Strap on your seatbelts, ladies and gentlemen, this could be a bumpy ride!

Tuesday, August 17, 2010

Update on Theft of Relic of the True Cross

Earlier I had commented on the theft of a relic of the Cross on which Jesus Christ was crucified. Yesterday, the New England news outlets, including the Boston Globe, were reporting on the relic’s recovery in Vermont. The Archdiocese of Boston issued the following public statement:

Archdiocese statement on return of the Relic of the True Cross

"Our prayers have been answered as the Relic of the True Cross has been recovered. We are grateful for the great work of the Boston Police Department in their search for the relic. Their professional and diligent work made this effort successful. We also extend our appreciation to the Vermont State Police who assisted in the recovery effort. God has blessed us with His love and capacity to forgive. We prayerfully carry on His call for forgiveness for those responsible."

At a time when many works of art, like the paintings from the Isabella Gardner museum, remain missing; it is wonderful that the relic was recovered in such a short amount of time. This story of its theft and recovery will probably go under the category of “Truth is Stranger than Fiction.”

Sunday, August 15, 2010

My August 2010 Column for Secular Franciscan Fraternity Newsletter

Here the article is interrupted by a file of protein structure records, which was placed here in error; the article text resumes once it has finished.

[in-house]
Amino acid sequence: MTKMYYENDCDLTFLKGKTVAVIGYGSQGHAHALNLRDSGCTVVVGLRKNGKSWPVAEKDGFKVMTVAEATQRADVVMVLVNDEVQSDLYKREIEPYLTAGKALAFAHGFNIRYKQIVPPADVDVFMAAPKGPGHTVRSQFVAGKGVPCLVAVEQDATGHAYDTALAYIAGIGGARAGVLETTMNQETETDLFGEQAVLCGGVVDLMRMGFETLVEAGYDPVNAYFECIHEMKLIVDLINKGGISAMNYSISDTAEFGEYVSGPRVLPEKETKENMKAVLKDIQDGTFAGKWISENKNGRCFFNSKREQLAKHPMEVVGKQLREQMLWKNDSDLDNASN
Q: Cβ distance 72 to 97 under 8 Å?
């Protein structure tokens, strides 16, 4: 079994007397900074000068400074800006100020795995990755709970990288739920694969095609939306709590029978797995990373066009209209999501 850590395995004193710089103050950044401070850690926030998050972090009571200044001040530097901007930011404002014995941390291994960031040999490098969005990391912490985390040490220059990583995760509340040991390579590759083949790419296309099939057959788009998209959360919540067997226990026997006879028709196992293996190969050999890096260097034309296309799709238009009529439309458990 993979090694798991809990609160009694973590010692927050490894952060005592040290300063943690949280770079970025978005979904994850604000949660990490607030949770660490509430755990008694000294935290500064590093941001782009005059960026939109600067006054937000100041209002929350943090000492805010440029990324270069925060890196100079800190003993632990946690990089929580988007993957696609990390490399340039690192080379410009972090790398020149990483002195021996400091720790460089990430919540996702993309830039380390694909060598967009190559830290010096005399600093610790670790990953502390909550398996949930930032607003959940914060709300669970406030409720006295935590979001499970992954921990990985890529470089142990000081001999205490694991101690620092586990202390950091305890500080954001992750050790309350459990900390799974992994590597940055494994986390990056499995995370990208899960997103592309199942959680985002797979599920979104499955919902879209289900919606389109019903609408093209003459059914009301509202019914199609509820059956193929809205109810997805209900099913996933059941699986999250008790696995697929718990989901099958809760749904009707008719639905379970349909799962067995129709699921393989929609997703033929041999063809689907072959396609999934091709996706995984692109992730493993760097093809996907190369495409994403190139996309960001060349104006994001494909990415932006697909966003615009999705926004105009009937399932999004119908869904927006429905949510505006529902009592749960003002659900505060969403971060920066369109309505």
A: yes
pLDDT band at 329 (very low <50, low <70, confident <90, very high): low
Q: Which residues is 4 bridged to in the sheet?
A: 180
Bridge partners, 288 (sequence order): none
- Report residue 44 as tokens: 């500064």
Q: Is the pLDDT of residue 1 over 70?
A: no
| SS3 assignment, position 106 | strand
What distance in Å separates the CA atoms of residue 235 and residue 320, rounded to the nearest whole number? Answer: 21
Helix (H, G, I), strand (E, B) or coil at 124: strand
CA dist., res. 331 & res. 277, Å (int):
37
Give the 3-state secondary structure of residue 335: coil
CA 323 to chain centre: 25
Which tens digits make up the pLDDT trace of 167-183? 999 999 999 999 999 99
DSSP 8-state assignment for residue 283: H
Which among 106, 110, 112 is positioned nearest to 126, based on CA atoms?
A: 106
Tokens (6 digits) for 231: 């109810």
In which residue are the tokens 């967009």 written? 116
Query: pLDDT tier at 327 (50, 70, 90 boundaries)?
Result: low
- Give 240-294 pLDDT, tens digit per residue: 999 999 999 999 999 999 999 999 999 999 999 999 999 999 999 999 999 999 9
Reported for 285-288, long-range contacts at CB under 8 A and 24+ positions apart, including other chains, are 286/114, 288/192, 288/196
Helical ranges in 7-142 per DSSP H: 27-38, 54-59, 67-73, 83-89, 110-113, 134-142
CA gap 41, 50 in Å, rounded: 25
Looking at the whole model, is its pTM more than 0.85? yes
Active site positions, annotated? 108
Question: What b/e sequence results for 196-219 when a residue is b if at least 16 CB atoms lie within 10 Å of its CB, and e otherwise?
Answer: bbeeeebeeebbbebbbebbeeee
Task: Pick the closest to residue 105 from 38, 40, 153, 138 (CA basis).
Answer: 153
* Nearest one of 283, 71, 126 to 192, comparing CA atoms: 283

“Trusting in the Father, Christ chose for himself and his mother a poor and humble life, even though he valued created things attentively and lovingly. Let the Secular Franciscans seek a proper spirit of detachment from temporal goods by simplifying their own material needs. Let them be mindful that according to the gospel they are stewards of the goods received for the benefit of God’s children.

Thus, in the spirit of the Beatitudes, and as pilgrims and strangers on their way to the Father, they should strive to purify their hearts from every tendency and yearning for possession and power.” (Art. 11, SFO Rule)

On August 11, we celebrated the memory of Saint Clare of Assisi, co-founder with Saint Francis of the Second Order, then known as the Poor Ladies of San Damiano, and today known as the Poor Clares. We sometimes think of her and her sisters as the contemplative branch of the Franciscan family, but I would like to share a reflection on another aspect of Clare’s life and spirituality.

When the Poor Ladies were established at San Damiano, Clare requested a special privilege from the Pope and the Bishop of Assisi, the privilege of poverty. Her monastery would depend only on the income from the work of their hands, or from alms given to them. At a time when the established monasteries had huge incomes from the rents on lands gifted to them, and the dowries of the women who entered the monasteries, this was unheard of. The Popes of Clare’s time continually refused this request, believing that the Poor Ladies needed income and sustenance that only lands and endowments could provide. Now Clare was not an ascetic masochist, nor did she see poverty as an end. She saw evangelical poverty as a means to an end. As she and her sisters gazed on the San Damiano cross, they saw Christ, though He was the Son of God, willing to empty Himself for all humanity. And Clare realized that to follow Christ meant emptying oneself of all possessions, of the need to possess and control, and be dependent on the love of God. Thus, she held out against the Pope, until finally he relented and gave Clare and her sisters the privilege of poverty. She received the written permission shortly before her death.